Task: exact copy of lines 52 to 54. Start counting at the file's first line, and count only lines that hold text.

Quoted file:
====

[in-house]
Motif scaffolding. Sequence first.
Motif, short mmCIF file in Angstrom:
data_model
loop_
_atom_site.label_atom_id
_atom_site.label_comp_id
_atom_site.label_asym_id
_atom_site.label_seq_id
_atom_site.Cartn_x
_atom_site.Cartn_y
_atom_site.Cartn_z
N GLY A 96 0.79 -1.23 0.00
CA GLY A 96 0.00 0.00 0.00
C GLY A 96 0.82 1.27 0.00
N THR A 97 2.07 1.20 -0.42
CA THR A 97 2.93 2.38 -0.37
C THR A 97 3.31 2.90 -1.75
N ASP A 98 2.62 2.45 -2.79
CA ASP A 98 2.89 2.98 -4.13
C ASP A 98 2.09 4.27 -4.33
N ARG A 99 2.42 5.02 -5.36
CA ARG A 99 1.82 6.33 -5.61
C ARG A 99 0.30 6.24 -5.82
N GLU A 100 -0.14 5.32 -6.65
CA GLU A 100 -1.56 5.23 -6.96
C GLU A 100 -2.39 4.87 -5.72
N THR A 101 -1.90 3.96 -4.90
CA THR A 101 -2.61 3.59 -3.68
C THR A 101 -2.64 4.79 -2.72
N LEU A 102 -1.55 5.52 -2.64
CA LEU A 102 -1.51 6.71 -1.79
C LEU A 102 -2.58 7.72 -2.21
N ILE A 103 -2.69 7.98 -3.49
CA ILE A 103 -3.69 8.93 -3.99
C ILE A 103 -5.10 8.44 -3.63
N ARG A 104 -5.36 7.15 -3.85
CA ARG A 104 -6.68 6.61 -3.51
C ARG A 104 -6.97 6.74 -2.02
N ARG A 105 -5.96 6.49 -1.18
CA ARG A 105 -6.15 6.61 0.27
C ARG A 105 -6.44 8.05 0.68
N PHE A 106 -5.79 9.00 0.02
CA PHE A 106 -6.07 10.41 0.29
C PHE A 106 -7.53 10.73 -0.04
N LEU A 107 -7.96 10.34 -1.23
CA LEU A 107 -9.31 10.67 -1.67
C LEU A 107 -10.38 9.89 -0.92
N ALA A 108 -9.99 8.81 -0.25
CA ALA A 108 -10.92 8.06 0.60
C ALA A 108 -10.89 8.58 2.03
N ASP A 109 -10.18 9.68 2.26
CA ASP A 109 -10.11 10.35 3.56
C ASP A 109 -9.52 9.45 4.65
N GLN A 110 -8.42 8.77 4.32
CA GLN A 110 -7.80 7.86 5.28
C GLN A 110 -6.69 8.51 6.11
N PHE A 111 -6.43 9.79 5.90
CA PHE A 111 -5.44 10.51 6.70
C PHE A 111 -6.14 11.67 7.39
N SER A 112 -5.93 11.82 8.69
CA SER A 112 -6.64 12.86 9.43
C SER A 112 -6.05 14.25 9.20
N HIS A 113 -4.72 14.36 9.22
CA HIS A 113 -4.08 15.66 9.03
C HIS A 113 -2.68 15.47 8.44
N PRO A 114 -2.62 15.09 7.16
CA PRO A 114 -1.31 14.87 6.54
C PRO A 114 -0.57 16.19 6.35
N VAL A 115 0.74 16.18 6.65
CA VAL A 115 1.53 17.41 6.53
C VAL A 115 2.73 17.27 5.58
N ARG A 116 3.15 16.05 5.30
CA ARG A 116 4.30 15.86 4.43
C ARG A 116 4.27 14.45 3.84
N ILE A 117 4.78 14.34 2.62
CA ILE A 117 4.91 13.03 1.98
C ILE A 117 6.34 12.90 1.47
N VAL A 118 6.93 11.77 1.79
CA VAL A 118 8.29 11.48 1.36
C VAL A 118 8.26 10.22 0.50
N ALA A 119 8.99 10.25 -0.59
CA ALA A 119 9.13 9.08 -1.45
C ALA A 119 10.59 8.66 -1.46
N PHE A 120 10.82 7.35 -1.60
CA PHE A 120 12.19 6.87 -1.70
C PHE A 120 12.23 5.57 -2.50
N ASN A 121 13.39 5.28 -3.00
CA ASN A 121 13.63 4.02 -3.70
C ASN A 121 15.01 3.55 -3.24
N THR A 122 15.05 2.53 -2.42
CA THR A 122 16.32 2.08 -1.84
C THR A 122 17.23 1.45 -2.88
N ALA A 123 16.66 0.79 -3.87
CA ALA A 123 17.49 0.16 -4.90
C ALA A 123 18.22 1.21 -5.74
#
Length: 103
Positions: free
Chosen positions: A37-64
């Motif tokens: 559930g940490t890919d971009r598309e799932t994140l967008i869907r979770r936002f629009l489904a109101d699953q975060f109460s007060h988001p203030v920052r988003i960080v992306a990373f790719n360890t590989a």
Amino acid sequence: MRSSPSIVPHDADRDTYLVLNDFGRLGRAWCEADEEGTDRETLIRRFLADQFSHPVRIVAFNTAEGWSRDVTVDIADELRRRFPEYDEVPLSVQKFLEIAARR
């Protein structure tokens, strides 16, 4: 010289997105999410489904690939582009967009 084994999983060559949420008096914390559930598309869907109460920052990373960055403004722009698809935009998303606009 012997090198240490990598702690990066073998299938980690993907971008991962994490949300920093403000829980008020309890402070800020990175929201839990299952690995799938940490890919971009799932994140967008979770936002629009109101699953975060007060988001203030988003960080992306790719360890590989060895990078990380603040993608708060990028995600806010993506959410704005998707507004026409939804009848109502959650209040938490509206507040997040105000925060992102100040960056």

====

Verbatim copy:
N ASP A 109 -10.18 9.68 2.26
CA ASP A 109 -10.11 10.35 3.56
C ASP A 109 -9.52 9.45 4.65